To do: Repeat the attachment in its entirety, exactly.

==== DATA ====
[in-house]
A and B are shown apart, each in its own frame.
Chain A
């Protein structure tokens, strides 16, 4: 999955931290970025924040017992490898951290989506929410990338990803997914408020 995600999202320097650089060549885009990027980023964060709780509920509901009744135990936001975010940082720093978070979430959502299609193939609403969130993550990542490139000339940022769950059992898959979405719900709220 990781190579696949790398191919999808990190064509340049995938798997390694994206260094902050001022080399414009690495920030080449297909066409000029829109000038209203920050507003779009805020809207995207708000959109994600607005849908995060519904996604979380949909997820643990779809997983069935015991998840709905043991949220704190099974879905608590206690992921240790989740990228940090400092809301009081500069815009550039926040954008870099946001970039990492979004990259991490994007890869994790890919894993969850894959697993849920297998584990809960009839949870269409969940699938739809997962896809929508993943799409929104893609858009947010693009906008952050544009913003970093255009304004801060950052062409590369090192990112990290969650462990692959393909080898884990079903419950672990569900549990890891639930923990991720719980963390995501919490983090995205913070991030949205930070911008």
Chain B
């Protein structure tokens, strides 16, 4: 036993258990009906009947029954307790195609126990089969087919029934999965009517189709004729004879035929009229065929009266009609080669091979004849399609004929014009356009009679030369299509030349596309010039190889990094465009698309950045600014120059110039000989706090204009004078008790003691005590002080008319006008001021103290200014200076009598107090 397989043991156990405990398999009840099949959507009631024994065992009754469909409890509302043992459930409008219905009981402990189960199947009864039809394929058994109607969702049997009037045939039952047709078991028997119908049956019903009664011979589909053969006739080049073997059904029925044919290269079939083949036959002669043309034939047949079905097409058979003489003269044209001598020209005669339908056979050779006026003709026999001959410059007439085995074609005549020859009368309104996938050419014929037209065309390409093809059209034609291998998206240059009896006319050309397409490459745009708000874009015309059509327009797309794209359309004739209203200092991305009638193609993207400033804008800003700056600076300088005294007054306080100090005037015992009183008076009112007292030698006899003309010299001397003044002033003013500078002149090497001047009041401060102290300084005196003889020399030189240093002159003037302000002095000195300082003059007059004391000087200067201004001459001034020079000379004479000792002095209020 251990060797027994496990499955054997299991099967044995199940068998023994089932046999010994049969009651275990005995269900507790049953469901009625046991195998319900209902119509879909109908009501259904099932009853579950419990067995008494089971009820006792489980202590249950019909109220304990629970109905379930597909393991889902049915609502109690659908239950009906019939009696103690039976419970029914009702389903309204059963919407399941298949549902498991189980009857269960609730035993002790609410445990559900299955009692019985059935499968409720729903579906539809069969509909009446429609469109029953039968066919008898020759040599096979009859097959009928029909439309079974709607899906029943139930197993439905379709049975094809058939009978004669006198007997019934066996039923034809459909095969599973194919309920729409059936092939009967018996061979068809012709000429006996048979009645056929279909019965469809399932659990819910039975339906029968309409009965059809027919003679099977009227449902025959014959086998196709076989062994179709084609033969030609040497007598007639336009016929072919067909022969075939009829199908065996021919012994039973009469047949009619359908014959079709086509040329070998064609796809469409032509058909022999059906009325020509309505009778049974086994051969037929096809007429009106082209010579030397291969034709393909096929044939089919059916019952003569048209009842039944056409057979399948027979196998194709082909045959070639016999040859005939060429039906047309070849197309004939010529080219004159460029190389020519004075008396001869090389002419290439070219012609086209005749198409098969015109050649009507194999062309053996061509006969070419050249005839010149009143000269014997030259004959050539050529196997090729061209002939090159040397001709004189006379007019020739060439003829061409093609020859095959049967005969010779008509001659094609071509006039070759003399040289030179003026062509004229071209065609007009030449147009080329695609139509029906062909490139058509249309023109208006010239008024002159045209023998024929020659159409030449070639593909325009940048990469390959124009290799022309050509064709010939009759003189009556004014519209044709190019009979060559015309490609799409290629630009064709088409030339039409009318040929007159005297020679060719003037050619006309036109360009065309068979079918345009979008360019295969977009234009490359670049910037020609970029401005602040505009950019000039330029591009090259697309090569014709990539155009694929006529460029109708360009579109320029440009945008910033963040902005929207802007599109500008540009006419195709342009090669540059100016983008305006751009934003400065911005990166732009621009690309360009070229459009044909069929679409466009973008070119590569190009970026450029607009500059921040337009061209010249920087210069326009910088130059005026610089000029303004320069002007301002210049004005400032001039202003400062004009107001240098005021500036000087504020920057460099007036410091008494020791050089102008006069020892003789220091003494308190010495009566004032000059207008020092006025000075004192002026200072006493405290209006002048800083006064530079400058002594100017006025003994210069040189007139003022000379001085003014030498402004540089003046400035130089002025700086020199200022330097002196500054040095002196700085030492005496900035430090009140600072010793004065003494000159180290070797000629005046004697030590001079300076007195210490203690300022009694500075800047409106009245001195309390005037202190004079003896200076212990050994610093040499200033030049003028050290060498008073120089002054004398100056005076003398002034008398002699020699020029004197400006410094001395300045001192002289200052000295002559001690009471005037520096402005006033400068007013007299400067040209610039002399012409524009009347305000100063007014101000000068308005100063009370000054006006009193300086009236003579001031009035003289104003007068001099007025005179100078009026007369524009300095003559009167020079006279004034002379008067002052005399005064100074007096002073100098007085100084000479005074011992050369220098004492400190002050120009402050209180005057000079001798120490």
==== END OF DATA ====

[in-house]
A and B are shown apart, each in its own frame.
Chain A
């Protein structure tokens, strides 16, 4: 999955931290970025924040017992490898951290989506929410990338990803997914408020 995600999202320097650089060549885009990027980023964060709780509920509901009744135990936001975010940082720093978070979430959502299609193939609403969130993550990542490139000339940022769950059992898959979405719900709220 990781190579696949790398191919999808990190064509340049995938798997390694994206260094902050001022080399414009690495920030080449297909066409000029829109000038209203920050507003779009805020809207995207708000959109994600607005849908995060519904996604979380949909997820643990779809997983069935015991998840709905043991949220704190099974879905608590206690992921240790989740990228940090400092809301009081500069815009550039926040954008870099946001970039990492979004990259991490994007890869994790890919894993969850894959697993849920297998584990809960009839949870269409969940699938739809997962896809929508993943799409929104893609858009947010693009906008952050544009913003970093255009304004801060950052062409590369090192990112990290969650462990692959393909080898884990079903419950672990569900549990890891639930923990991720719980963390995501919490983090995205913070991030949205930070911008």
Chain B
């Protein structure tokens, strides 16, 4: 036993258990009906009947029954307790195609126990089969087919029934999965009517189709004729004879035929009229065929009266009609080669091979004849399609004929014009356009009679030369299509030349596309010039190889990094465009698309950045600014120059110039000989706090204009004078008790003691005590002080008319006008001021103290200014200076009598107090 397989043991156990405990398999009840099949959507009631024994065992009754469909409890509302043992459930409008219905009981402990189960199947009864039809394929058994109607969702049997009037045939039952047709078991028997119908049956019903009664011979589909053969006739080049073997059904029925044919290269079939083949036959002669043309034939047949079905097409058979003489003269044209001598020209005669339908056979050779006026003709026999001959410059007439085995074609005549020859009368309104996938050419014929037209065309390409093809059209034609291998998206240059009896006319050309397409490459745009708000874009015309059509327009797309794209359309004739209203200092991305009638193609993207400033804008800003700056600076300088005294007054306080100090005037015992009183008076009112007292030698006899003309010299001397003044002033003013500078002149090497001047009041401060102290300084005196003889020399030189240093002159003037302000002095000195300082003059007059004391000087200067201004001459001034020079000379004479000792002095209020 251990060797027994496990499955054997299991099967044995199940068998023994089932046999010994049969009651275990005995269900507790049953469901009625046991195998319900209902119509879909109908009501259904099932009853579950419990067995008494089971009820006792489980202590249950019909109220304990629970109905379930597909393991889902049915609502109690659908239950009906019939009696103690039976419970029914009702389903309204059963919407399941298949549902498991189980009857269960609730035993002790609410445990559900299955009692019985059935499968409720729903579906539809069969509909009446429609469109029953039968066919008898020759040599096979009859097959009928029909439309079974709607899906029943139930197993439905379709049975094809058939009978004669006198007997019934066996039923034809459909095969599973194919309920729409059936092939009967018996061979068809012709000429006996048979009645056929279909019965469809399932659990819910039975339906029968309409009965059809027919003679099977009227449902025959014959086998196709076989062994179709084609033969030609040497007598007639336009016929072919067909022969075939009829199908065996021919012994039973009469047949009619359908014959079709086509040329070998064609796809469409032509058909022999059906009325020509309505009778049974086994051969037929096809007429009106082209010579030397291969034709393909096929044939089919059916019952003569048209009842039944056409057979399948027979196998194709082909045959070639016999040859005939060429039906047309070849197309004939010529080219004159460029190389020519004075008396001869090389002419290439070219012609086209005749198409098969015109050649009507194999062309053996061509006969070419050249005839010149009143000269014997030259004959050539050529196997090729061209002939090159040397001709004189006379007019020739060439003829061409093609020859095959049967005969010779008509001659094609071509006039070759003399040289030179003026062509004229071209065609007009030449147009080329695609139509029906062909490139058509249309023109208006010239008024002159045209023998024929020659159409030449070639593909325009940048990469390959124009290799022309050509064709010939009759003189009556004014519209044709190019009979060559015309490609799409290629630009064709088409030339039409009318040929007159005297020679060719003037050619006309036109360009065309068979079918345009979008360019295969977009234009490359670049910037020609970029401005602040505009950019000039330029591009090259697309090569014709990539155009694929006529460029109708360009579109320029440009945008910033963040902005929207802007599109500008540009006419195709342009090669540059100016983008305006751009934003400065911005990166732009621009690309360009070229459009044909069929679409466009973008070119590569190009970026450029607009500059921040337009061209010249920087210069326009910088130059005026610089000029303004320069002007301002210049004005400032001039202003400062004009107001240098005021500036000087504020920057460099007036410091008494020791050089102008006069020892003789220091003494308190010495009566004032000059207008020092006025000075004192002026200072006493405290209006002048800083006064530079400058002594100017006025003994210069040189007139003022000379001085003014030498402004540089003046400035130089002025700086020199200022330097002196500054040095002196700085030492005496900035430090009140600072010793004065003494000159180290070797000629005046004697030590001079300076007195210490203690300022009694500075800047409106009245001195309390005037202190004079003896200076212990050994610093040499200033030049003028050290060498008073120089002054004398100056005076003398002034008398002699020699020029004197400006410094001395300045001192002289200052000295002559001690009471005037520096402005006033400068007013007299400067040209610039002399012409524009009347305000100063007014101000000068308005100063009370000054006006009193300086009236003579001031009035003289104003007068001099007025005179100078009026007369524009300095003559009167020079006279004034002379008067002052005399005064100074007096002073100098007085100084000479005074011992050369220098004492400190002050120009402050209180005057000079001798120490």